Taking care of business

Posted by Allen Rucker in Life After Paralysis on September 04, 2018 # Health

The other day, I stopped to count the number of doctor-office visits I have made this year and the number was 52. That’s one every 4.3 days.

I know, millions of you are saying, “Oh, quit your bellyaching! I went to the dang doctor 52 times last week!” To a quad, I presume, this is bellyaching. To me, it’s my life.

I’m not proud of all this medical attention, for sure, but I’m marking this the Summer of Healthcare. I don’t really care about that number above as much as the kind of dedication to your health that this routine forces on you. It’s a mindset that demands that you place other time-intensive matters down a rung or two or three. It requires that you be ever cognizant of every move you make, every step you take, to the point that you’re thinking about matters of health at every juncture in the day.

Note: I just stopped writing this to take pressure off a sacrum wound for 2-3 minutes.

I contracted a serious problem wound on my outer calf in February simply by pulling a stiff snow boot over a minor skin tear. We got home from Wisconsin and it was clear that this is a wound that needed profession care. As did the wound on my sacrum – technically, a sacrum decubitus ulcer, which we had been managing ourselves – meaning, my wife had been managing -- but without much healing.

These are minor injuries, if not infected, but they are damn hard to get rid of and can literally kill you if you get inadequate care. Early in my paralytic career, I had a calf wound cum infection that demanded immediate surgery. It was the first time I had heard the term, “necrotizing fasciitis,” a severe infection that eats away at soft tissue like the lining of a muscle. TV anchors call it “flesh-eating bacteria.” ‘Yikes’ is right.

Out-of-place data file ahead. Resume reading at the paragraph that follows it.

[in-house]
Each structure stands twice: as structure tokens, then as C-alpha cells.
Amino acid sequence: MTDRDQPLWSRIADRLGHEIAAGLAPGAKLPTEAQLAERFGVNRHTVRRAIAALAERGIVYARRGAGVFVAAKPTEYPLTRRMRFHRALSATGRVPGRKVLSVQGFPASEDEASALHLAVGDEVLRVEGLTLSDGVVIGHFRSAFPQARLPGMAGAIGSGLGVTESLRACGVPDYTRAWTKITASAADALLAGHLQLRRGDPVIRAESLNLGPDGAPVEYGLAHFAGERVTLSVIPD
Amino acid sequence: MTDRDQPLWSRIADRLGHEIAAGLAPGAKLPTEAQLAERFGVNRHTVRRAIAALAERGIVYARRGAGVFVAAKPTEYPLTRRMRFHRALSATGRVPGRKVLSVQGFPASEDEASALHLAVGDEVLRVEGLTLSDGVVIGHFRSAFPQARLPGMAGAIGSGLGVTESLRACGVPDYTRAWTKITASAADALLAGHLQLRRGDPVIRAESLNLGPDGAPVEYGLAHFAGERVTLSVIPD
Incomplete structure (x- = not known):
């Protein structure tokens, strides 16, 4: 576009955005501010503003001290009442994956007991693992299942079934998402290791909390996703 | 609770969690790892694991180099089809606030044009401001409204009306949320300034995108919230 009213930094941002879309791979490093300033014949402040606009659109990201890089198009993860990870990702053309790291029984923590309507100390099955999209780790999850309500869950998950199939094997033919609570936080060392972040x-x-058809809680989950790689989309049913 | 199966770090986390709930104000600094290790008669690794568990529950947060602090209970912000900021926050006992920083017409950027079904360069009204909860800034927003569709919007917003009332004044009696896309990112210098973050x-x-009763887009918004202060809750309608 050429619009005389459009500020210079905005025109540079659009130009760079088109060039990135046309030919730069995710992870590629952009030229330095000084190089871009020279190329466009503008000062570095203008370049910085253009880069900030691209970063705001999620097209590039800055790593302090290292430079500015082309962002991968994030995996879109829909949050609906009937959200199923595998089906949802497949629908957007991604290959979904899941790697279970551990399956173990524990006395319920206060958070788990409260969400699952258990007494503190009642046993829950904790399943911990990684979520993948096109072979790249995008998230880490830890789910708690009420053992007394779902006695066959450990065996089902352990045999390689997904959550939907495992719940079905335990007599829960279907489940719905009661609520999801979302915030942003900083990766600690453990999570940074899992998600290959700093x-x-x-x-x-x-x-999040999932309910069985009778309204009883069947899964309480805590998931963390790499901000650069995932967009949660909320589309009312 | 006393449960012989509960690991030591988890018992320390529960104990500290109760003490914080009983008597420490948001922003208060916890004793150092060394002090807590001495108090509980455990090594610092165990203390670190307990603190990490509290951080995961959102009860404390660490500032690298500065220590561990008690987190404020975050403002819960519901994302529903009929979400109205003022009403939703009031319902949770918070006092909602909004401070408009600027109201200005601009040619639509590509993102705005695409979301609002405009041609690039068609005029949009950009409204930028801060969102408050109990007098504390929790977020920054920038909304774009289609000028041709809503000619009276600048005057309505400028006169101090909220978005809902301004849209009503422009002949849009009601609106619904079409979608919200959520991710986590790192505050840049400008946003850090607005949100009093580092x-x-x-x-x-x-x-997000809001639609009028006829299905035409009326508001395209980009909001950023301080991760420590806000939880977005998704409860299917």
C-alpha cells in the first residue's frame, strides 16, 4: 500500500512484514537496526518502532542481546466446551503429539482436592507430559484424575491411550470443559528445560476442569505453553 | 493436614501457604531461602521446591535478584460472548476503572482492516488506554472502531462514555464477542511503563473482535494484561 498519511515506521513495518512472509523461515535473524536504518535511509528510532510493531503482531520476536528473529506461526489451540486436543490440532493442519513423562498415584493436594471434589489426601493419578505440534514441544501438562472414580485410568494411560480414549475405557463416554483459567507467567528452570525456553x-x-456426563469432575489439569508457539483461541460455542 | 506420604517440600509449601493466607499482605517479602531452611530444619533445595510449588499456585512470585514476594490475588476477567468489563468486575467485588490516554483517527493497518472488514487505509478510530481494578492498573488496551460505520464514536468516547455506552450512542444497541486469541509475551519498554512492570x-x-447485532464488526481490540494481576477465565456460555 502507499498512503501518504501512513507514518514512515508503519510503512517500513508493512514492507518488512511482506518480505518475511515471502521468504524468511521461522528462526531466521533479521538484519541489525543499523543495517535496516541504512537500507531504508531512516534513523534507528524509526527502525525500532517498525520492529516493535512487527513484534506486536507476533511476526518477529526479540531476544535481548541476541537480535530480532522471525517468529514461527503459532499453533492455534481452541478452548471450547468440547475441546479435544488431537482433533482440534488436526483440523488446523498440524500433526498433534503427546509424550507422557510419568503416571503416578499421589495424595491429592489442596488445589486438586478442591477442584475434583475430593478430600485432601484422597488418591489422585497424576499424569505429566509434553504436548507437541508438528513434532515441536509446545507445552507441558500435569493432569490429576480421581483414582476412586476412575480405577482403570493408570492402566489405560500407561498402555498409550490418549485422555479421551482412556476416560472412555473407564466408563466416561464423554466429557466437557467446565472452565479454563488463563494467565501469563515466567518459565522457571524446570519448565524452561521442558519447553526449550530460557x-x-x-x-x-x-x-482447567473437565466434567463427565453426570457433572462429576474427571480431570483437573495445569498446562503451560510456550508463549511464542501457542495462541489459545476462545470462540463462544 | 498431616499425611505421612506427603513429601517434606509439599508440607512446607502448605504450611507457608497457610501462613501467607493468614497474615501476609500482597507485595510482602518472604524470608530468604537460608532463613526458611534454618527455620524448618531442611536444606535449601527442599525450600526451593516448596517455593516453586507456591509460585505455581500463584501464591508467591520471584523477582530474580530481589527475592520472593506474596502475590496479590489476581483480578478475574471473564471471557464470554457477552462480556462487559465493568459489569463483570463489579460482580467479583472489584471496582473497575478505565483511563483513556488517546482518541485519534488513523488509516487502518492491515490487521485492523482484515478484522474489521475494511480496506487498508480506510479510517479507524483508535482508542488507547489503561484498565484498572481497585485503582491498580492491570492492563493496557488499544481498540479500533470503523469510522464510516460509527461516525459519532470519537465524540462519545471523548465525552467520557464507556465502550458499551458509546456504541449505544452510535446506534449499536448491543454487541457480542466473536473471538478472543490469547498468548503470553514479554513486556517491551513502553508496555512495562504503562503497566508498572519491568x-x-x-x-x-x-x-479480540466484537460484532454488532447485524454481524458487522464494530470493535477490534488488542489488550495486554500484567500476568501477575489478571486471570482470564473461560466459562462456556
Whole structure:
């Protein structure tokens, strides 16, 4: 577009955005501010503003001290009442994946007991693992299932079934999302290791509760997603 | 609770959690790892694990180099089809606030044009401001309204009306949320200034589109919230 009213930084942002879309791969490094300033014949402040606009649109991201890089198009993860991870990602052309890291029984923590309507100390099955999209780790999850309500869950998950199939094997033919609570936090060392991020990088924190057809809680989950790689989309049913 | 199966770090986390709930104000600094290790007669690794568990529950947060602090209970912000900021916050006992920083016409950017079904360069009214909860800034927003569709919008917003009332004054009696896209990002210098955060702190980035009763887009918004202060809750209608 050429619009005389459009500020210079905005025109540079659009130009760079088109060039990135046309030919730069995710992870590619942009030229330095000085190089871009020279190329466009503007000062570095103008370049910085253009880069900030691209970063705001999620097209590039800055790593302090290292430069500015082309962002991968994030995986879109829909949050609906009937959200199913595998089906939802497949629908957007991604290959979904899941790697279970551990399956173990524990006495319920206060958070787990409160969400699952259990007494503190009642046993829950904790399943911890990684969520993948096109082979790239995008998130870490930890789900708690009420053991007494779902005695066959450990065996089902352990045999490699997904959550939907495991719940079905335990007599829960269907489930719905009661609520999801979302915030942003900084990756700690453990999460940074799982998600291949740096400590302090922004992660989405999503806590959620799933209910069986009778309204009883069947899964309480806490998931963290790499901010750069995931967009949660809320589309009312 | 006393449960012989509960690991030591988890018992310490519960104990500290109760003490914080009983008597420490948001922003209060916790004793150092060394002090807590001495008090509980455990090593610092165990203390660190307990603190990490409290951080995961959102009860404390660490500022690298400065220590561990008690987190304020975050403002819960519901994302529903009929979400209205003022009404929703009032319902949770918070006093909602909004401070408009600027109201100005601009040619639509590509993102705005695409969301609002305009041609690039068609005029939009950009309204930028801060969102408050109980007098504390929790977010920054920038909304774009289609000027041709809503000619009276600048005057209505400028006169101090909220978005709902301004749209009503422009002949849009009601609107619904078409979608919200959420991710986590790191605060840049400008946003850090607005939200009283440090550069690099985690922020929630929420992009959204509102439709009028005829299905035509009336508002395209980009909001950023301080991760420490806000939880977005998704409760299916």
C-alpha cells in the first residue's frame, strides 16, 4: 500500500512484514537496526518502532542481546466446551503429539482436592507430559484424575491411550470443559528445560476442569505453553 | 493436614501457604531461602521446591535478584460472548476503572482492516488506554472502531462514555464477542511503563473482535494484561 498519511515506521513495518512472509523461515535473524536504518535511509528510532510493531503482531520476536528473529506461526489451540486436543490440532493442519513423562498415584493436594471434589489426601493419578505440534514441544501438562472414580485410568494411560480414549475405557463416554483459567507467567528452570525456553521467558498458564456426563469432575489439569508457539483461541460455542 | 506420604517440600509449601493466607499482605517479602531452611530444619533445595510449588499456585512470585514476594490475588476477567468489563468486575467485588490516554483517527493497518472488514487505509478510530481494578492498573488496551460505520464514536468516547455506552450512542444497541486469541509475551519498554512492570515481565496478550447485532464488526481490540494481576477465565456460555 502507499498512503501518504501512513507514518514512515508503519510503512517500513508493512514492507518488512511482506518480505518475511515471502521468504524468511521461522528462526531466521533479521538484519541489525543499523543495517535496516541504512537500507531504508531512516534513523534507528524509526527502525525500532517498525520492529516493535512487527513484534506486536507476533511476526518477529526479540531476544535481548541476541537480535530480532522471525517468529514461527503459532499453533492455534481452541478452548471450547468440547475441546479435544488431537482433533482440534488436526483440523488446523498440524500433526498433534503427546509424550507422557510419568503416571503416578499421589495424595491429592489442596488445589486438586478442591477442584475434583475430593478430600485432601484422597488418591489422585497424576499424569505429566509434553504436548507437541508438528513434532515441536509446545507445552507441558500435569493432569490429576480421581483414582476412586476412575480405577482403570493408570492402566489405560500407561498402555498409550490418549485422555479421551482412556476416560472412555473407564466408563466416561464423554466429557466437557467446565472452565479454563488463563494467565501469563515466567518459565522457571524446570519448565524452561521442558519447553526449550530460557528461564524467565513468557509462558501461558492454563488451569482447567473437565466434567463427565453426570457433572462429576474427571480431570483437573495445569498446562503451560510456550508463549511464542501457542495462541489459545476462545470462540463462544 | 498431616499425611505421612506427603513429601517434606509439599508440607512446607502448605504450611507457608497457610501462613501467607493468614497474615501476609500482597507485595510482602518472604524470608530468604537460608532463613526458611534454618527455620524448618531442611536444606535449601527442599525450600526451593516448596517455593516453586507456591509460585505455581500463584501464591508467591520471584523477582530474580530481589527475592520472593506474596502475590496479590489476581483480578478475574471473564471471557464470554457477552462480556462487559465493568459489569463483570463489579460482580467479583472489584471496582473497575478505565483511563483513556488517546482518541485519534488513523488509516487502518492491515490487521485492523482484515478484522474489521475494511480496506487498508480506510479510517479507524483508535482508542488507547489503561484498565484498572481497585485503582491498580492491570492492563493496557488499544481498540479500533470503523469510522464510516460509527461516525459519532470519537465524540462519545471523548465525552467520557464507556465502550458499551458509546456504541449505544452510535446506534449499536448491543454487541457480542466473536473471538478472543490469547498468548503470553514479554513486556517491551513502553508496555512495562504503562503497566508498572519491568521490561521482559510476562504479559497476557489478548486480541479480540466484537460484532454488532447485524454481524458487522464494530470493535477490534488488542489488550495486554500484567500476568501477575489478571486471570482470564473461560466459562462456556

As Dr. Christina Sadowsky of Johns Hopkins said on a recent Transverse Myelitis Association podcast, growing old and disabled – my own profile -- demands you think like an athlete in training. You get yourself in maximum condition then worry about the mortgage. Besides physical problems, you are going to be facing “decreasing neurogenesis,” which means you’ll be losing brain cells. To counteract these losses, she concludes, you best be on call with both a doctor and a trainer. That’s right, a trainer, just like LeBron. You are always in training.

It is the right time in my life to intensify my wound healing, along with dealing with chronic shoulder pain and the like. And time is what it takes. Bi-weekly visits to two different wound specialists alone is a real time eater, plus parking. Whine all you want, this is taking care of the most important business on your plate. Monomaniacal watch over skin problems like these, probably like a lot of other problems, is the answer, beyond, of course, never getting another such pressure injury.

Footnote #2: have you noticed, there are a dozen terms for exactly the same problem -- pressure injury, pressure ulcer, problem wound, decubitus ulcer, ulceration, bedsore, chronic this and that. Eskimos have fifty words for snow. Chronic wound suffers, an estimated 6.5 million Americans, are catching up.

In a very popular book a few years back, called “Younger Next Year,” a book about aging in the best possible way, the authors said at one point, to paraphrase, that health is not just your number one job – it’s your only job. When I read that, I said to myself, that’s nice but thank God I haven’t reached that point of around-the-clock preoccupation yet.

That was four or so years ago. I think I may have reached that point now or come close to it. I’m no longer a workaholic. I’m a wound-aholic.

Time to take the pressure off my backside again.

The National Paralysis Resource Center website is supported by the Administration for Community Living (ACL), U.S. Department of Health and Human Services (HHS) as part of a financial assistance award totaling $8,700,000 with 100 percent funding by ACL/HHS. The contents are those of the author(s) and do not necessarily represent the official views of, nor an endorsement, by ACL/HHS, or the U.S. Government.